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Catalytic Water Oxidation by Molecular Ruthenium Complexes Bearing Multifunctional Ligands

  • Author(s): Kamdar, Jayneil
  • Advisor(s): Grotjahn, Douglas B
  • et al.

Global concern about the long-term sustainability and environmental impact of burning fossil fuels has prompted widespread research on alternative fuels. Hydrogen is attractive as a chemical fuel because it is carbon-free and therefore its exothermic reaction with oxygen does not generate CO2 as a byproduct. Large scale implementation of hydrogen, however, depends on efficient and clean production of hydrogen from non-fossil sources. Splitting water with sunlight is often considered the “Holy Grail” of a sustainable hydrogen economy, however the greatest challenge towards achieving this goal is in lowering the high kinetic barrier of the water oxidation half reaction. With the right electronics and geometry of coordinated ligands, transition metals can effectively mediate the loss of 4 e- / 4 H+ required to oxidize water. This dissertation details the syntheses, characterization, and reactivities of three novel catalytic systems containing multi-functional ligands that appear to have a marked effect on catalysis.

Chapter 2 details the synthesis and reactivity of novel ruthenium complexes bearing 2,2’-bipyridine ligands with various pyrazolate groups in the 6,6’-positions. The structures of these complexes were characterized by NMR spectroscopy and x-ray crystallography and for one of the complexes, the unique solvatochromic and acid-base properties involving the uncoordinated nitrogen atoms of the ligand were investigated by non-aqueous and aqueous UV-visible spectroscopy and electrochemistry. Rapid O2 evolution was witnessed under acidic conditions in the presence of CeIV. While the apparent rates (between 3 and 4 s-1) are in the upper range of rates observed for ruthenium-based molecular catalysts, lag periods observed for 1 – 1.5 min prior to O2 production may be indications of slow catalyst dissolution or activation, or of catalyst modification. Alternatively, CeIV may have a non-innocent role during catalysis by interaction with the uncoordinated nitrogen.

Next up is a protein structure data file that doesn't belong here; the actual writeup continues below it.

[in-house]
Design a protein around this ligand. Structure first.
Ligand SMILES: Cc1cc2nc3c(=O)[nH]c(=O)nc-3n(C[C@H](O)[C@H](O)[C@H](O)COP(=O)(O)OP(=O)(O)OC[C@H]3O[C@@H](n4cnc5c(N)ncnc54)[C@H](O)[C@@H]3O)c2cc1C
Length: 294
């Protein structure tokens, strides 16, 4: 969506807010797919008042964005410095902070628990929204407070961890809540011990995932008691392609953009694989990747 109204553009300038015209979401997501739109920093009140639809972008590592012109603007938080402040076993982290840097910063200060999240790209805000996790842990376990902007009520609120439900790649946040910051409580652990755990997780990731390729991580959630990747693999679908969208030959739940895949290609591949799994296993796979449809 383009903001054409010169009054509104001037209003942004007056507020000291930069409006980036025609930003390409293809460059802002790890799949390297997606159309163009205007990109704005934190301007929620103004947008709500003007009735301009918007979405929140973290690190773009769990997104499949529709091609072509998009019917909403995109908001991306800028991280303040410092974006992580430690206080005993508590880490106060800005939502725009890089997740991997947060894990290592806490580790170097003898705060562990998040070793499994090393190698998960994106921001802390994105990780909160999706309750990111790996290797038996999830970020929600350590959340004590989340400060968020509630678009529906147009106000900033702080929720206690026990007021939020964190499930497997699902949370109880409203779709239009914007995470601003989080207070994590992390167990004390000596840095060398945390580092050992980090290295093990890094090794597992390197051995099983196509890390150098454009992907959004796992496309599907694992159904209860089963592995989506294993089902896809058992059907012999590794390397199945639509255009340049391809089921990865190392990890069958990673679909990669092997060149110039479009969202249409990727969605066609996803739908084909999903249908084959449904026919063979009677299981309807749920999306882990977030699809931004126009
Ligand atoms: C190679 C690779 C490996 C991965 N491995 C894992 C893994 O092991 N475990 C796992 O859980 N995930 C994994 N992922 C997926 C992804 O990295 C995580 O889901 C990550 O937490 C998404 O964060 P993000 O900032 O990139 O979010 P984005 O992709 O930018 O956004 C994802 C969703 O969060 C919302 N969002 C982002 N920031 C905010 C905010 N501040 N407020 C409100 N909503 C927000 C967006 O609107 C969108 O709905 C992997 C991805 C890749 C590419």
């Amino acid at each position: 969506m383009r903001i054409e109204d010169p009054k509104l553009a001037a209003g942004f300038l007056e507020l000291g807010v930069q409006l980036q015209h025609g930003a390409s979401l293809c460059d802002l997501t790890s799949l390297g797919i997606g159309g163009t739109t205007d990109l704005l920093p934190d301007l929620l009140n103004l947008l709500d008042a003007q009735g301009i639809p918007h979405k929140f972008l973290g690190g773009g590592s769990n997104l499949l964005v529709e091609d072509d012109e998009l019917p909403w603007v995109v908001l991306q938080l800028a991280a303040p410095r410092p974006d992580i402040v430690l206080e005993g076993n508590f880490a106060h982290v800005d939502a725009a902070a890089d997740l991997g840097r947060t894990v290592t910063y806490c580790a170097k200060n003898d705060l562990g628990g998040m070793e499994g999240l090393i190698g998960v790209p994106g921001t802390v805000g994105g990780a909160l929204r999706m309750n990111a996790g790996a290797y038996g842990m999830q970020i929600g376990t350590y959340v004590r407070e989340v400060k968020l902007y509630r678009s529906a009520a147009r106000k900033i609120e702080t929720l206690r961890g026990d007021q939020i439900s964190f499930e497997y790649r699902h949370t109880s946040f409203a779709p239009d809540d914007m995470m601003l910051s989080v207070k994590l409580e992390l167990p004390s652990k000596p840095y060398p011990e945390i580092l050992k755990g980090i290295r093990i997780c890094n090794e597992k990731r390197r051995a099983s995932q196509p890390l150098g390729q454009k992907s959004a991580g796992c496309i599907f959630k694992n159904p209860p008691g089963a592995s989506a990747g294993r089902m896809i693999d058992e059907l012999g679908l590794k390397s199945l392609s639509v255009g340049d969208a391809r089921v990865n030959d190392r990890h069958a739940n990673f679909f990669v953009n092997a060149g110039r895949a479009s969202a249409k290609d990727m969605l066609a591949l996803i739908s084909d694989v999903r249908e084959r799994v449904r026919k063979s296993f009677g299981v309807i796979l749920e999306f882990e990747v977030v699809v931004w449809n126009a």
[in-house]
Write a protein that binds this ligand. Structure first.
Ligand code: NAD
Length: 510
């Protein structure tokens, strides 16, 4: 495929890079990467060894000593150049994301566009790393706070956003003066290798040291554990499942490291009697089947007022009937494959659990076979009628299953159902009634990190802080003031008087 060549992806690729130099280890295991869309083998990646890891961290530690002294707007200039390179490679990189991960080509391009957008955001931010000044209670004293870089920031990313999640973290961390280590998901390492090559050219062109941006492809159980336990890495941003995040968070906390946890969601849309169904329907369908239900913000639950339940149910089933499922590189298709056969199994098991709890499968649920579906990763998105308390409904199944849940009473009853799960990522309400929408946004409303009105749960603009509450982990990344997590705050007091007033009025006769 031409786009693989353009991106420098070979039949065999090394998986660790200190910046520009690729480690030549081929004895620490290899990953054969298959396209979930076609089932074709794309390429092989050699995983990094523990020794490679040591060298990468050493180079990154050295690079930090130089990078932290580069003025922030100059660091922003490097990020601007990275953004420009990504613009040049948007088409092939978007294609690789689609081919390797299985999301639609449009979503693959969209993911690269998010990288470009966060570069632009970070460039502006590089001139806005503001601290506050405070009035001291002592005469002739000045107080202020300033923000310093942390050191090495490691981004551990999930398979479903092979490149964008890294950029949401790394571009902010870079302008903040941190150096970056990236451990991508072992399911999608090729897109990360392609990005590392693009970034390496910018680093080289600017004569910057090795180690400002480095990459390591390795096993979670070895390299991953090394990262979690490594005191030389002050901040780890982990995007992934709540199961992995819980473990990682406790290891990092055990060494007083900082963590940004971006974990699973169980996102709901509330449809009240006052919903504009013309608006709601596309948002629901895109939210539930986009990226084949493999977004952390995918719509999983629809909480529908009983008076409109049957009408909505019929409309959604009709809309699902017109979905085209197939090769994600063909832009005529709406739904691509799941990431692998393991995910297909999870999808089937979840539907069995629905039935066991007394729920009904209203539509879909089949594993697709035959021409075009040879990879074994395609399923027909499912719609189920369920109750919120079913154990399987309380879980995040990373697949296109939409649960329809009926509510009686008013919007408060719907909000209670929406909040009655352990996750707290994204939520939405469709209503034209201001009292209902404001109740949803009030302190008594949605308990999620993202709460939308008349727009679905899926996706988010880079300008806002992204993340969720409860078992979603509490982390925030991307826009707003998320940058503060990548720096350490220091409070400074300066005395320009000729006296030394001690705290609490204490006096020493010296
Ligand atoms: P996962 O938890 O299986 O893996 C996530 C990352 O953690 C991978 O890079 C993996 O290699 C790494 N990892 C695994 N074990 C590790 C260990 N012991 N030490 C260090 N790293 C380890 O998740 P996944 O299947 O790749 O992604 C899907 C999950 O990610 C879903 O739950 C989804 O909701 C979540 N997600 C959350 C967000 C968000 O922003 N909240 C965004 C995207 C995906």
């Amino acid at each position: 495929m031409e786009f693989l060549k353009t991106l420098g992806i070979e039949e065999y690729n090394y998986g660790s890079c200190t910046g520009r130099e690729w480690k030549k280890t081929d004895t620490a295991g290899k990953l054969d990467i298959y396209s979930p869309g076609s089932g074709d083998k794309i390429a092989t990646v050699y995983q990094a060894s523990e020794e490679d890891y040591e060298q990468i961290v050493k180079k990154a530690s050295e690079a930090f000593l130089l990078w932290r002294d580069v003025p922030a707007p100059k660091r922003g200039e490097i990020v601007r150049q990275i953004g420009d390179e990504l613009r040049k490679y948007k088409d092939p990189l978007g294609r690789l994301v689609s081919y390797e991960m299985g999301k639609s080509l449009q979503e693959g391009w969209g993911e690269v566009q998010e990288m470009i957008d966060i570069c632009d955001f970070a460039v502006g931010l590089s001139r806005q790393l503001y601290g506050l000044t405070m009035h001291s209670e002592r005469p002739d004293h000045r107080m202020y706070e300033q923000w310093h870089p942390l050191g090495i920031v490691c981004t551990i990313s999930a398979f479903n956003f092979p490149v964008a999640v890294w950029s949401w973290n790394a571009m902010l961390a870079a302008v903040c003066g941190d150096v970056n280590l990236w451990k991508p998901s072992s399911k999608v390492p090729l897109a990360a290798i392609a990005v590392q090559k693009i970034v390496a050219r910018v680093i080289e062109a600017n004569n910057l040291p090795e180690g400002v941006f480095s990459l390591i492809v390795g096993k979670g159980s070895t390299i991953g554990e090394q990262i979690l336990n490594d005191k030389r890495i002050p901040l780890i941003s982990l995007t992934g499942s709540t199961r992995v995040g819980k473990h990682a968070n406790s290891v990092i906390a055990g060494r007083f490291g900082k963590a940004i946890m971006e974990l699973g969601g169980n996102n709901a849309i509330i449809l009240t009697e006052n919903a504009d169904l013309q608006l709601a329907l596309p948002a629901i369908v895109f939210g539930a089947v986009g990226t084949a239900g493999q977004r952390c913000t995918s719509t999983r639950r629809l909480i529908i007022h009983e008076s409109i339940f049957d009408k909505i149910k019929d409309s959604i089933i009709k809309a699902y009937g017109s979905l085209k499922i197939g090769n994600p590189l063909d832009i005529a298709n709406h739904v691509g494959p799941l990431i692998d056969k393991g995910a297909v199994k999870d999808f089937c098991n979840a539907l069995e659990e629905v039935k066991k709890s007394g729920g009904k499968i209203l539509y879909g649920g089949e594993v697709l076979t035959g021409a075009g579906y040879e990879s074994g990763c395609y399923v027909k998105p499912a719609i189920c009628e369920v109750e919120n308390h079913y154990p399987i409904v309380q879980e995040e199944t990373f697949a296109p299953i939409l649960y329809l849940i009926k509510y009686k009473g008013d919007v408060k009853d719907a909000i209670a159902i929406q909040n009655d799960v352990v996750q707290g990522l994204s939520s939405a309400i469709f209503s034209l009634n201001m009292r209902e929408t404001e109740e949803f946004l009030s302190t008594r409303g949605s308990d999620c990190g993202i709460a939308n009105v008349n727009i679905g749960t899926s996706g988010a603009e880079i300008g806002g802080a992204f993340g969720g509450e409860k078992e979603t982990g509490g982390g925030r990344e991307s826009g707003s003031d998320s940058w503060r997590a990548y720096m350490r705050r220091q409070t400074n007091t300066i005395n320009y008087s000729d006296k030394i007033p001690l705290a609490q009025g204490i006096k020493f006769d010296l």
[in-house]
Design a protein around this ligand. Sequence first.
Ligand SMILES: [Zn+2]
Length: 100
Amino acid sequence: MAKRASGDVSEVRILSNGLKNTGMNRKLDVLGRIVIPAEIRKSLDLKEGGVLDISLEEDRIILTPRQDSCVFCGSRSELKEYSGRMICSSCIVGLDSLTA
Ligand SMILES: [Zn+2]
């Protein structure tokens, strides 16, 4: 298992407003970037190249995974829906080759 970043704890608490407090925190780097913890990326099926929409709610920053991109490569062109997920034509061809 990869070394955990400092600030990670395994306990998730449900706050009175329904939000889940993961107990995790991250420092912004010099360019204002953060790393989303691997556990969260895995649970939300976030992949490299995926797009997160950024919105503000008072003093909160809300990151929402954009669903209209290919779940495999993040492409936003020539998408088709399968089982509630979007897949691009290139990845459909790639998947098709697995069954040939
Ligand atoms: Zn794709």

Chapter 3 details the synthesis and catalysis-relevant properties of two novel ruthenium complexes, [Ru(2,2’-bipyridine-6,6’-diphosphonato)(pic)2] (pic=4-picoline) and [Ru(6,6’-diisopropyl-2,2’-bipyridine-6,6’-diphosphonato)(pic)2]. These complexes are the first examples of water oxidation catalysts deliberately bearing phosphonate groups positioned to serve as metal-bound ligands. They have been characterized by NMR spectroscopy, elemental analyses, x-ray crystallography, cyclic voltammetry, and UV-visible spectroscopy. From electrochemical data, we have discovered that charge states of P-OH / P-OR groups have a significant influence on redox and catalytic properties, features that are absent in much more commonly studied carboxylate analogs.

Chapter 4 details the synthesis and reactivity of a series of ruthenium complexes bearing novel 2,2’-biimidazole-4,4’-phosphonate ligands. Surprisingly, the new ligands did not participate in the intended tetradentate coordination, but instead bidentate N,N’-coordination, placing the phosphonate groups in the secondary coordination sphere to engage in hydrogen bonding interactions with two aquo ligands. The presented complexes have been characterized by NMR spectroscopy, x-ray crystallography, and cyclic voltammetry. Qualitative and quantitative oxygen evolution studies (from cyclic voltammetry and addition of excess CeIV, respectively) have shown a dramatic improvement in catalytic rates compared to those of previously reported Ru diaquo complexes. Our working hypothesis to explain the superior catalytic activity includes involvement of the phosphonates in the secondary coordination sphere potentially as basic proton-relaying functionalities.

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